I love this book. It arrived yesterday and I devoured the first chapter last night after our Bible reading. Amazing. I cried on the first chapter. My friends were not kidding about this book.

I’ll just quote a couple of parts that struck several chords with me.

“I think that many of us have a hard time believing the God we being in, when the going gets tough. And I suspect that instead of seeking counsel and direction from those stronger in the Lord, we retreat into our isolation and shame and let the sin wash over us, defeating us again. Or maybe we muscle through on our pride. Do we really believe that the word of God is a double-edged sword, cutting between the spirit and the soul? Or do we use the word of God as a cue card to commandeer only our external behavior?”

My only comment… how true this is of me! “When the going gets tough”, when I recoil back into my comfort zone of selfishness, pride, and anger, instead of using the Bible as a defense, as a tool that will pierce the sin, as a consolation of God’s grace, I use it to make myself feel more on track. It’s easier than throwing myself entirely on God, easier than prying my controlling, grabbing fingers from my pride. That’s why many Christians “muscle through”… it’s easier than admitting we’re wrong to someone else. Heck, it’s easier than admitting it all to the omniscient God!

“The most memorable part of this meal was Ken’s prayer before the meal. I had never heard anyone pray to God as if God cared, as if God listened, and as if God answered. It was not a pretentious prayer uttered for the heathen at the table to overhear… It was a private and honest utterance, and I felt as though I was treading on something real, something sincere, something important, and something transparent but illegible to me.”

Don’t worry, those aren’t my hairy arms.

I had never thought long and hard about the witness we believers have simply in prayer, even over a meal. Do you, Christian readers, pray in public as if praying for any “lost” to hear, or do you simply talk to God and allow others to listen in? Any other readers who are disappointed or disgusted by prayers they hear? I know that I often worry about how poorly I speak in public when I pray aloud in groups, when, really, my prayers should be a sincere, humble conversation with my Lord and Savior.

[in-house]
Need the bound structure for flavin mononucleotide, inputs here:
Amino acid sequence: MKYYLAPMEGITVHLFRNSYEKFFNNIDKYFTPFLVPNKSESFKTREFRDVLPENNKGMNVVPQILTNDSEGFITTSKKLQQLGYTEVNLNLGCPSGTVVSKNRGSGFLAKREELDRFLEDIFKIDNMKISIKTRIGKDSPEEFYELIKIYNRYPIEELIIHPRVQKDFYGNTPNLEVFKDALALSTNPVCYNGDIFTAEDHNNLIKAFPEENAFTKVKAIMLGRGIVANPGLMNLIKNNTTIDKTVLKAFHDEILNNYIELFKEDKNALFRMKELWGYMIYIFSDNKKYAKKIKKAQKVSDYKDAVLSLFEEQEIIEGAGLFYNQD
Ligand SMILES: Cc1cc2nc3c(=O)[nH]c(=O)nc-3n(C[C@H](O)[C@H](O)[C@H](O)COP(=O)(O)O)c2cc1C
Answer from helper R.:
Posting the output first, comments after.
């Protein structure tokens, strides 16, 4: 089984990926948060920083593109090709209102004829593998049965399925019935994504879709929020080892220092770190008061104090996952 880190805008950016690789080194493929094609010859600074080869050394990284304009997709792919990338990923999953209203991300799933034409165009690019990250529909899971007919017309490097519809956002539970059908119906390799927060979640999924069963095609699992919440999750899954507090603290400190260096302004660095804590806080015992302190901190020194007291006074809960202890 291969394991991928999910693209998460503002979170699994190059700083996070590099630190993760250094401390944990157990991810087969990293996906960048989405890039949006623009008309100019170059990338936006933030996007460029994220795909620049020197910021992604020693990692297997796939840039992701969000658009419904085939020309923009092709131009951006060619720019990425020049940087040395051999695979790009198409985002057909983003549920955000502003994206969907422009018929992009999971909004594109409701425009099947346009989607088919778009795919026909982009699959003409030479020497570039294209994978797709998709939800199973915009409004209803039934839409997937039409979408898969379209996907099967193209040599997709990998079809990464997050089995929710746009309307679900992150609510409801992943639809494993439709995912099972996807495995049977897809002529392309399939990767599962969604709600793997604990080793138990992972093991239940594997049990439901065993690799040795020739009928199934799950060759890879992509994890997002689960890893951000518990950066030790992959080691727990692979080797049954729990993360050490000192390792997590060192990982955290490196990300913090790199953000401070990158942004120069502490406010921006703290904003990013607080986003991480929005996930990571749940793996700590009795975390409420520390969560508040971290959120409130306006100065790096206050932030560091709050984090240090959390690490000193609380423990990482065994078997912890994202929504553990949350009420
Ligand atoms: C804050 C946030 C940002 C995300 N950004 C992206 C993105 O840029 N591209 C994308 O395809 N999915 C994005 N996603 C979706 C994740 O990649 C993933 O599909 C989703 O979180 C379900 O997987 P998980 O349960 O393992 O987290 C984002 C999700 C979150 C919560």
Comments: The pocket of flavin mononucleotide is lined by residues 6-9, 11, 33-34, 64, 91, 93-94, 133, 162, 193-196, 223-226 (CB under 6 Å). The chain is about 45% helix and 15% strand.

And one more quote to conclude:

“I needed (and need) faithful shepherding, not the glitz and glamor that has captured the soul of modern evangelical culture.”

While I understand (somewhat) the angle of many modern evangelical churches today, why do they think fog machines, drama presentations, and huge, active projectors and jumbo-trons assist in preaching the gospel? What part of the “glitz and glamor” points to the humility and sacrifice of Jesus Christ? Why are churches using their money on brand new technology to snag the youth of today instead of sending money to the ministry of the youth in third-world countries, or the youth in foster care, or the silent youth being attacked in the womb?

These are the things that frustrate me. This is why the world holds such disdain for Christ — not only because every human is born wired to hate and fight against God, but also because people who claim to be followers of Christ are shallow, weak, and unable to dialogue.

If this is all just from the first chapter, this is going to be a good read.


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